Quebec Wal-Mart workers have union contract

Arbitrator awards three-year deal with a 30-per-cent wage increase

Eight employees at a Wal-Mart in Gatineau, Que., are the first North American Wal-Mart employees to have a collective agreement.

The employees, who work in a Wal-Mart tire and lube garage in the store, won an arbitrator-imposed contract after binding arbitration between the Bentonville, Ark.-based retail giant and the United Food and Commercial Workers of Canada ended in June.

The three-year contract includes a more than 30-per-cent wage increase and improved vacation provisions for the employees at the Wal-Mart Tire and Lube Express. The terms of the collective agreement are effective immediately.

"Wal-Mart should now act as a good Canadian corporate citizen and live up to the terms of the contract," said UFCW Canada national president Wayne Hanley.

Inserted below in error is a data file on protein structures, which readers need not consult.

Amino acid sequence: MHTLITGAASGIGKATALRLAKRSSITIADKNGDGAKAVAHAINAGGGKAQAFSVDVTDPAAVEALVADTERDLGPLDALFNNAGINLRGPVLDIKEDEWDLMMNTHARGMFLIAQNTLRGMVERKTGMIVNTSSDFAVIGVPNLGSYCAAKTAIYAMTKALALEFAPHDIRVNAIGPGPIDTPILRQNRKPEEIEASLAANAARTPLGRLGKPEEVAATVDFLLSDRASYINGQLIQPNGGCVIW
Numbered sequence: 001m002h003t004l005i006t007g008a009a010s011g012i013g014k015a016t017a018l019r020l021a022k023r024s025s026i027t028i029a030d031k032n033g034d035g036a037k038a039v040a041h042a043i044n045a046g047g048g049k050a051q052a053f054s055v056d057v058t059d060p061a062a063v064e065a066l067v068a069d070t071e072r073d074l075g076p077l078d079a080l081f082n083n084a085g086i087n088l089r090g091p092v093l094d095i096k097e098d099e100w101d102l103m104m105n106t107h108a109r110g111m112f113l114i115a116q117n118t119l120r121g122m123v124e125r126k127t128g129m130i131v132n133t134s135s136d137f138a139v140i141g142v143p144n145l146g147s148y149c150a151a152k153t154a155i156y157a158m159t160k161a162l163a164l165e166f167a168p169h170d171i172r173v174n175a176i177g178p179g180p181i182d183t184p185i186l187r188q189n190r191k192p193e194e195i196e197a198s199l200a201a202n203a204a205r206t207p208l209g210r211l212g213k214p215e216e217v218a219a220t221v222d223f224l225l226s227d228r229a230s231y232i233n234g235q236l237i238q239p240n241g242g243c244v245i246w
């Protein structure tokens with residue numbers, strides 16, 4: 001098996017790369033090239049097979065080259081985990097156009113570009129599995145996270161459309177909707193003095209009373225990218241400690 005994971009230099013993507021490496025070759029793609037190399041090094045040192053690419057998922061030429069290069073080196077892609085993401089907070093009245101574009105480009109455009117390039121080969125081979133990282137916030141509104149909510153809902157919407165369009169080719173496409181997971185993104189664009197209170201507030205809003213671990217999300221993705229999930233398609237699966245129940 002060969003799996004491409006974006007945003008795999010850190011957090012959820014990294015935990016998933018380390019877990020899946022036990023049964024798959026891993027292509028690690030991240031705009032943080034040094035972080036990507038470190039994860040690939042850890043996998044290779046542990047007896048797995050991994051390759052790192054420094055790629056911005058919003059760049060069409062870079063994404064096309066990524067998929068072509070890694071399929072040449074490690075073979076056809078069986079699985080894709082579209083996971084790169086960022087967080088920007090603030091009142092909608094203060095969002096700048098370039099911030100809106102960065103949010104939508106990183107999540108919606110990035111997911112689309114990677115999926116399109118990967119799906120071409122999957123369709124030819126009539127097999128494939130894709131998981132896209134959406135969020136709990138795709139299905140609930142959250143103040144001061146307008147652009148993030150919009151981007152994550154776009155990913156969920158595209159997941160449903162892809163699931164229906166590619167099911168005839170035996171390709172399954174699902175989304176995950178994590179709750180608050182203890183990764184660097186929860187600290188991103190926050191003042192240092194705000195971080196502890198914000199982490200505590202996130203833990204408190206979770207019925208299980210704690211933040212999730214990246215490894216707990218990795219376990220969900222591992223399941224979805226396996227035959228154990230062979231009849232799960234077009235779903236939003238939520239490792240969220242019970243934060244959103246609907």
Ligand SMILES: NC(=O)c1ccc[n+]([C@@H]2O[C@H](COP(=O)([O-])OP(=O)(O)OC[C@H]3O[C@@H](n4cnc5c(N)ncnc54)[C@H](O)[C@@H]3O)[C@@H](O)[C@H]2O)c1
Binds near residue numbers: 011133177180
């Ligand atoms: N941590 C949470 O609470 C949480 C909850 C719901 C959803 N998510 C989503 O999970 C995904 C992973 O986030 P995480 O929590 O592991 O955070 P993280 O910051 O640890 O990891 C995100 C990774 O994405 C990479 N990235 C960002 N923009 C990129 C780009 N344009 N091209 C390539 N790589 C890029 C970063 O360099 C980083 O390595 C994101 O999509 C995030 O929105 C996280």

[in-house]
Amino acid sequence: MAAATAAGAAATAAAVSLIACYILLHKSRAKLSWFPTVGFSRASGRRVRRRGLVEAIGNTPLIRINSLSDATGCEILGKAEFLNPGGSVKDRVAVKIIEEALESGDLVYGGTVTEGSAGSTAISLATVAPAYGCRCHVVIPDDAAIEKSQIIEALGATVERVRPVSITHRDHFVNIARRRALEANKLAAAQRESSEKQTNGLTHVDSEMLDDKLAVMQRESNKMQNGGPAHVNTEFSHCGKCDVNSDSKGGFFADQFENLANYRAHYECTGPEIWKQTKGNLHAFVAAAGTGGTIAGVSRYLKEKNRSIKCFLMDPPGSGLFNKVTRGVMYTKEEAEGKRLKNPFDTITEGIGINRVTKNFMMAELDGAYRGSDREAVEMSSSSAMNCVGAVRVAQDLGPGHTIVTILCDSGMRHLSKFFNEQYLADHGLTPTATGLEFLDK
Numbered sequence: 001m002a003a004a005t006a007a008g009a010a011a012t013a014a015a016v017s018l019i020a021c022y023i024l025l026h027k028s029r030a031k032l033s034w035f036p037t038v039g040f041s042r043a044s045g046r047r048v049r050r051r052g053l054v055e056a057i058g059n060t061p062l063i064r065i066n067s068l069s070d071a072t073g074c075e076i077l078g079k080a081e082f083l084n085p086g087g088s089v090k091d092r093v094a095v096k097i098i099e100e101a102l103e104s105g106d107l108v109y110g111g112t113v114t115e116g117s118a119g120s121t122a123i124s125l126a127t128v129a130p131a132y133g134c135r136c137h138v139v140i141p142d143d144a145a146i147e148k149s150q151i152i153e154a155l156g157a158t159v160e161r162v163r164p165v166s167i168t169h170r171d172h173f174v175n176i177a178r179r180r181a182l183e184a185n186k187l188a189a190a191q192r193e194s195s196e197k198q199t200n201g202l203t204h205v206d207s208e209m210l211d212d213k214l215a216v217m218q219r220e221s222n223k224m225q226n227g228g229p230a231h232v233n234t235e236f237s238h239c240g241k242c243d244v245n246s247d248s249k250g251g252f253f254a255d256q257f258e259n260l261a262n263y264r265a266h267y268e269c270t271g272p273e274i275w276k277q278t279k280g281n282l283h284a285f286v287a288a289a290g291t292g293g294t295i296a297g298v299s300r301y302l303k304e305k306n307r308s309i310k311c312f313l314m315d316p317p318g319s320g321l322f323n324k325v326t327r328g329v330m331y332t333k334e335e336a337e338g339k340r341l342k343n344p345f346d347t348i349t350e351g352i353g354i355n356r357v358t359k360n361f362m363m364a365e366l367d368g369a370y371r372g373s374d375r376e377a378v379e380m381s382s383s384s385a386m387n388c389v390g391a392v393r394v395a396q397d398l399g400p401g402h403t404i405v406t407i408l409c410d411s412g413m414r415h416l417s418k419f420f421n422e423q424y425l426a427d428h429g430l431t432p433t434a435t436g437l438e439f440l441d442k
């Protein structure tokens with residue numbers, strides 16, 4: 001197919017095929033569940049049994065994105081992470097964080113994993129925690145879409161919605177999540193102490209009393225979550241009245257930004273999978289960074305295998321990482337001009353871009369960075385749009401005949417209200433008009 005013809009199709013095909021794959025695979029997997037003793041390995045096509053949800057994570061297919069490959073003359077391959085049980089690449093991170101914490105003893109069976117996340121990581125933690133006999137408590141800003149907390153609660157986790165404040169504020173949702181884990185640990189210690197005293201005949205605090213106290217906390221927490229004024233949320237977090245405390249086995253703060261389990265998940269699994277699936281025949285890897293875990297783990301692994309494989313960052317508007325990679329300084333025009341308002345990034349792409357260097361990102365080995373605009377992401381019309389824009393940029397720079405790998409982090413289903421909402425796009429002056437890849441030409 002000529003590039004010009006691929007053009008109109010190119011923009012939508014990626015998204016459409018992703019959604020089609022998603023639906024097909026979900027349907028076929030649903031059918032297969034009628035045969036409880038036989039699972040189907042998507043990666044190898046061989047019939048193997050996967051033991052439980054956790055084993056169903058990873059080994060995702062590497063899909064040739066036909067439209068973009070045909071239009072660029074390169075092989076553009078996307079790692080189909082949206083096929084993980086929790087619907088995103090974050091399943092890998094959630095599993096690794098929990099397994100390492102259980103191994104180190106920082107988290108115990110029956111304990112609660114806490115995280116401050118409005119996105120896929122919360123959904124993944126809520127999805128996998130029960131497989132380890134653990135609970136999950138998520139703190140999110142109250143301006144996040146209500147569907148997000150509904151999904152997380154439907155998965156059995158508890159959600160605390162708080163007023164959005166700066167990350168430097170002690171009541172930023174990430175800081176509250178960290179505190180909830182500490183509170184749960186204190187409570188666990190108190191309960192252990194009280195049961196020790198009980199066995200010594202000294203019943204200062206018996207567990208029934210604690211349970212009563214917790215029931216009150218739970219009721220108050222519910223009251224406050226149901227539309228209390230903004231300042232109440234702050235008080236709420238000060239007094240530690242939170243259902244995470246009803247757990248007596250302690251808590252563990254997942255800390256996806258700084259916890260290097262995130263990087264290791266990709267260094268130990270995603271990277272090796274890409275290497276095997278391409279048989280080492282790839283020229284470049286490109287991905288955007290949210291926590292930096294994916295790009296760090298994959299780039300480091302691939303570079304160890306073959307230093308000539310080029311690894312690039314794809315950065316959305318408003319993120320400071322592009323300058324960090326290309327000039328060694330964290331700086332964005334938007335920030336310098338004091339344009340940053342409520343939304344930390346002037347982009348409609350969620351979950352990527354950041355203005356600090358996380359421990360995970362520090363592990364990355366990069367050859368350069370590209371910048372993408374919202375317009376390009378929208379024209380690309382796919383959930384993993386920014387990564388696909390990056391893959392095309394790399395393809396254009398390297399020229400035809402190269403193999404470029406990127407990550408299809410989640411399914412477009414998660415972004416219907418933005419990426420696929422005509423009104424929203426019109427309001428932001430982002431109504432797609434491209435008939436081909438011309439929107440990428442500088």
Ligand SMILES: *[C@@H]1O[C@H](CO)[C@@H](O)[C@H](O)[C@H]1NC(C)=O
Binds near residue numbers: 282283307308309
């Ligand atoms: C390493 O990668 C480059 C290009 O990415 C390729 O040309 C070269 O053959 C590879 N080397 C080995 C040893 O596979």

The UFCW Canada Local 486 bargaining unit at the Wal-Mart Tire and Lube Express was certified in 2005. The collective agreement was the result of binding arbitration, following almost three years of legal delays and negotiations with the company.

"We believe the arbitrator did a good job and that it is a fair contract, in line with similar workplaces in Quebec," said Hanley.

Two more Wal-Mart collective agreements are expected in Quebec before the end of the year, when binding arbitration is complete for bargaining units at a Wal-Mart in Saint-Hyacinthe, Quebec.

Wal-Mart has worked hard over the years to keep unions out of its North American stores. It even closed down a store in Jonquiere, Que., the first in North America to obtain union certification.

On Aug. 7 the Supreme Court of Canada agreed to hear a challenge from former employees at the Jonquiere store who say they lost their jobs because of their union activism.

Wal-Mart Canada has stated the employees were let go only because the store was closed.

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